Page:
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Turkish dynasty created by Osman (Othman) the First. From the fourteenth to the sixteenth century, the Ottomans created a vast empire in western Asia, eastern Europe, and north Africa. In 1453 their troops took Constantinople, ending the reign of the Byzantine Christian empire. They controlled Palestine for four hundred years beginning in 1516.

Under Ottoman rule Palestine was divided into three mutasarrifiyahs: Nablus and Acre, linked with Beirut, and Jerusalem, which dealt directly with the Ottoman government in Istanbul. Within the Ottoman Empire non-Muslim religious communities were organized into units called millets, each of which collected its own taxes, established its own educational institutions, and administered its own laws relating to personal affairs; thus Jews and Christian sects had full religious freedom during this period. In 1831 the Egyptian viceroy Muhammad Ali Pasha and his son Ibrahim invaded Palestine, establishing a harsh regime while opening the area to Christian and other Western influences. In 1840, however, the British, Austrians, and Russians forced the Egyptians out and Palestine was restored to the Ottoman Empire, which adopted widespread reforms and encouraged foreign colonies. Among these were a few Zionist agricultural settlements, the earliest of which was established by Russian Jews in 1882.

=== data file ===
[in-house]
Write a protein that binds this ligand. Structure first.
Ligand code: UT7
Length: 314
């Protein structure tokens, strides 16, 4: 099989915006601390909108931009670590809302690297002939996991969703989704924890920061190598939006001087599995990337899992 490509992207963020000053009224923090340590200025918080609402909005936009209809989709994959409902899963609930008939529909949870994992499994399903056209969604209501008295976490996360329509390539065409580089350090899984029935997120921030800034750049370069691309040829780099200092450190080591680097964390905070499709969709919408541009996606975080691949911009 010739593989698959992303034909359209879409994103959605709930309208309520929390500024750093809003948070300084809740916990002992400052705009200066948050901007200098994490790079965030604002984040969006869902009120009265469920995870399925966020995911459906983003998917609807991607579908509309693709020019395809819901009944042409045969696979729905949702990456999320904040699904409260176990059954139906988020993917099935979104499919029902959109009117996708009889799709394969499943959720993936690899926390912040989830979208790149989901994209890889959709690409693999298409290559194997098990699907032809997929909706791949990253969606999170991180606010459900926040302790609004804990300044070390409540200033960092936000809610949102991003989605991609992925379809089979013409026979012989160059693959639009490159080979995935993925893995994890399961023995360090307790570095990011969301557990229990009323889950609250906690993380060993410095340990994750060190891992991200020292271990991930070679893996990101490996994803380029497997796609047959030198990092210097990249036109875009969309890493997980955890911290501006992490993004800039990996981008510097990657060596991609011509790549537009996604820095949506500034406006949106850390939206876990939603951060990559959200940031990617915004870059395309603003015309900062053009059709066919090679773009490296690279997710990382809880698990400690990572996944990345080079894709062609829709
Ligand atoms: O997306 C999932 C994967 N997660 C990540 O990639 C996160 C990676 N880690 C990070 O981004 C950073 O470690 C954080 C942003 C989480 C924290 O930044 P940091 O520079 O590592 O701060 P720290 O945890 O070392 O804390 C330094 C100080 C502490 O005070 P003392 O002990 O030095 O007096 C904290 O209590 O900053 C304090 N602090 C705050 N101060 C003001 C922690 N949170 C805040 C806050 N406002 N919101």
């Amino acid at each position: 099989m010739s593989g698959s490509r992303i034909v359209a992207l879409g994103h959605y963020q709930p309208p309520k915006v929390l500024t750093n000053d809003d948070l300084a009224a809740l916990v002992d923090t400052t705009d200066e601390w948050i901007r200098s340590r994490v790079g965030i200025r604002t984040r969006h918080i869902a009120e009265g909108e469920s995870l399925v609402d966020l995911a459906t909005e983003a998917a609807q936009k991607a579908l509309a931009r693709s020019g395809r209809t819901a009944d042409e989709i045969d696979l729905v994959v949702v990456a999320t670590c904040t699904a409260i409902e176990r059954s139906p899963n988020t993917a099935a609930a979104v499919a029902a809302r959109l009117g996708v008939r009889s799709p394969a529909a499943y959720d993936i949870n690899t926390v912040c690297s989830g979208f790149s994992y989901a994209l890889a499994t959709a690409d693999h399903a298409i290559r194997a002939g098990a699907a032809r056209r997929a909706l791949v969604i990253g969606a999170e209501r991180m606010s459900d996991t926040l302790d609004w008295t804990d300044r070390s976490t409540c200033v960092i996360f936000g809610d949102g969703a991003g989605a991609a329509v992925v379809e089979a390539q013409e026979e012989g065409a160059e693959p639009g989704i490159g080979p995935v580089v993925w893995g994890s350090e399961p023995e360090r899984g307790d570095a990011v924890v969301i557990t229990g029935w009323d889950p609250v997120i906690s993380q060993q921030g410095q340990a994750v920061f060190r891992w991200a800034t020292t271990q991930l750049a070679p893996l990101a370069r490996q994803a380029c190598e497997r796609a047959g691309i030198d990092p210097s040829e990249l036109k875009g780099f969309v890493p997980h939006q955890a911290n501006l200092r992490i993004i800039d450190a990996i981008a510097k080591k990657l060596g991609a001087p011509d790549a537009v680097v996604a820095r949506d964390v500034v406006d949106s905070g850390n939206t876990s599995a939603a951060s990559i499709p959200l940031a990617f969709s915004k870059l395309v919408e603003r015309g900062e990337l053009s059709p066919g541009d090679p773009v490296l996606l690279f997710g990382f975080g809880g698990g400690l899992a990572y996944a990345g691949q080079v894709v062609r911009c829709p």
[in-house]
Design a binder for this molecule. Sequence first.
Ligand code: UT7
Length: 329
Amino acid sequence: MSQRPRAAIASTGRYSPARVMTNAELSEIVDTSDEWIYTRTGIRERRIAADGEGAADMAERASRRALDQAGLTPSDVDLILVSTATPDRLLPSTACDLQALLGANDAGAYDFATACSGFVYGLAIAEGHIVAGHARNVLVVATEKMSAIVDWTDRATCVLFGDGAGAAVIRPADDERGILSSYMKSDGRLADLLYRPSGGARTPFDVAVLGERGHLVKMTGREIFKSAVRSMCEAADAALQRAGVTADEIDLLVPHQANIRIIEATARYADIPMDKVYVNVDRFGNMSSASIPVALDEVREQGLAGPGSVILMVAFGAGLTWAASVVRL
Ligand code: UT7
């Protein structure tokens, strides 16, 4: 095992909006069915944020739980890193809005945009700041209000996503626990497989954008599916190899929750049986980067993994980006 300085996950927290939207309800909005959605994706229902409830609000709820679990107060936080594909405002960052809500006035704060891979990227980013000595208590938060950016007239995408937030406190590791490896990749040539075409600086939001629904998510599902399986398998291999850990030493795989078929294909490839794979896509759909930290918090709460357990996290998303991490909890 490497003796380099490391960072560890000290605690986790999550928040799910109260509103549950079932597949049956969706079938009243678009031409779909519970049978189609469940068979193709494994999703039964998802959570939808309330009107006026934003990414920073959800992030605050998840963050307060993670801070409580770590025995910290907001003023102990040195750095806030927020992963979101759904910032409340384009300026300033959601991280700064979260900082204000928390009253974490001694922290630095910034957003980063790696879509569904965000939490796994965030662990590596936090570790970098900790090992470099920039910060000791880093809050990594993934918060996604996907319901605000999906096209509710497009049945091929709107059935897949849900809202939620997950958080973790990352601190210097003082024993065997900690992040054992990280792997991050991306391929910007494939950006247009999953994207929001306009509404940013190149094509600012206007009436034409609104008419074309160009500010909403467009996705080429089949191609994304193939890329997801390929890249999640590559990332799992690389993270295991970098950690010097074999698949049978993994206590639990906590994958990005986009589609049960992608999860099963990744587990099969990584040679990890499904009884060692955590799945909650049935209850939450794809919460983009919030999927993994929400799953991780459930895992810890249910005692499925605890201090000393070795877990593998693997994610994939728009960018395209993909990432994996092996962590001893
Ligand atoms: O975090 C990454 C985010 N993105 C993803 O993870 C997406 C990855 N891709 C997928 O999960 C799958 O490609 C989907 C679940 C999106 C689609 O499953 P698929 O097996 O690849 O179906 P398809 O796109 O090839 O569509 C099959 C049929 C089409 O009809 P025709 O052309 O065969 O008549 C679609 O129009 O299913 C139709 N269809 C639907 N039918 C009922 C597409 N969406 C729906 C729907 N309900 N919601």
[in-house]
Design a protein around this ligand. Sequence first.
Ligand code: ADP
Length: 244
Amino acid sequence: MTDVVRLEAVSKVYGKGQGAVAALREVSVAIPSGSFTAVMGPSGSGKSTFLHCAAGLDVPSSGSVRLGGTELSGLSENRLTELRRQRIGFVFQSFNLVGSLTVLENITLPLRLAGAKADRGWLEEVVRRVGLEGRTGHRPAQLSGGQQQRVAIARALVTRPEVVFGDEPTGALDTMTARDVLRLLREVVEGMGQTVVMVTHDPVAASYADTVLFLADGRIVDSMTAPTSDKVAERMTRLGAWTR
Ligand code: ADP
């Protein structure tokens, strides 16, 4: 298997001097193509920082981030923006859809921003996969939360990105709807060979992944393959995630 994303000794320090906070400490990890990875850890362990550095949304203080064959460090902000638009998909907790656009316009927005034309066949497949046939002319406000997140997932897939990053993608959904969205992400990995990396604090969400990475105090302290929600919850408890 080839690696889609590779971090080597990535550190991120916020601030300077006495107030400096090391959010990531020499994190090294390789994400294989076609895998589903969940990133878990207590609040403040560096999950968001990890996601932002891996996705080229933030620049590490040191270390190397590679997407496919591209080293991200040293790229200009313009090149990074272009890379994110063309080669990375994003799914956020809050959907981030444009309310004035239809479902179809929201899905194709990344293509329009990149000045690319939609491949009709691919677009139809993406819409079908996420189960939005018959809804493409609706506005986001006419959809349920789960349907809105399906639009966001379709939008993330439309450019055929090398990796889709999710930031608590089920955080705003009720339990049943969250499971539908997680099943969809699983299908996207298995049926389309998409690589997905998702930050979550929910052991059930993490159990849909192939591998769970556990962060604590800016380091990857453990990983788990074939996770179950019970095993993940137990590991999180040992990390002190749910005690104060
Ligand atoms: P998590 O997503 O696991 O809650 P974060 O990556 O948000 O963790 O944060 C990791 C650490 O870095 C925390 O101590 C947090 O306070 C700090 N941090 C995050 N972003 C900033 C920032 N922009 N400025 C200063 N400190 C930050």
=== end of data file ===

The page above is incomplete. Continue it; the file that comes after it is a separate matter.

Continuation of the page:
Ottoman control over Palestine ended in 1917–1918, with the arrival of British troops during World War I, and officially ceased in 1922, when the Ottoman Empire, which had been allied with Germany, was formally dismantled. At that time the modern nation of Turkey was created and Palestine came under British Mandate.

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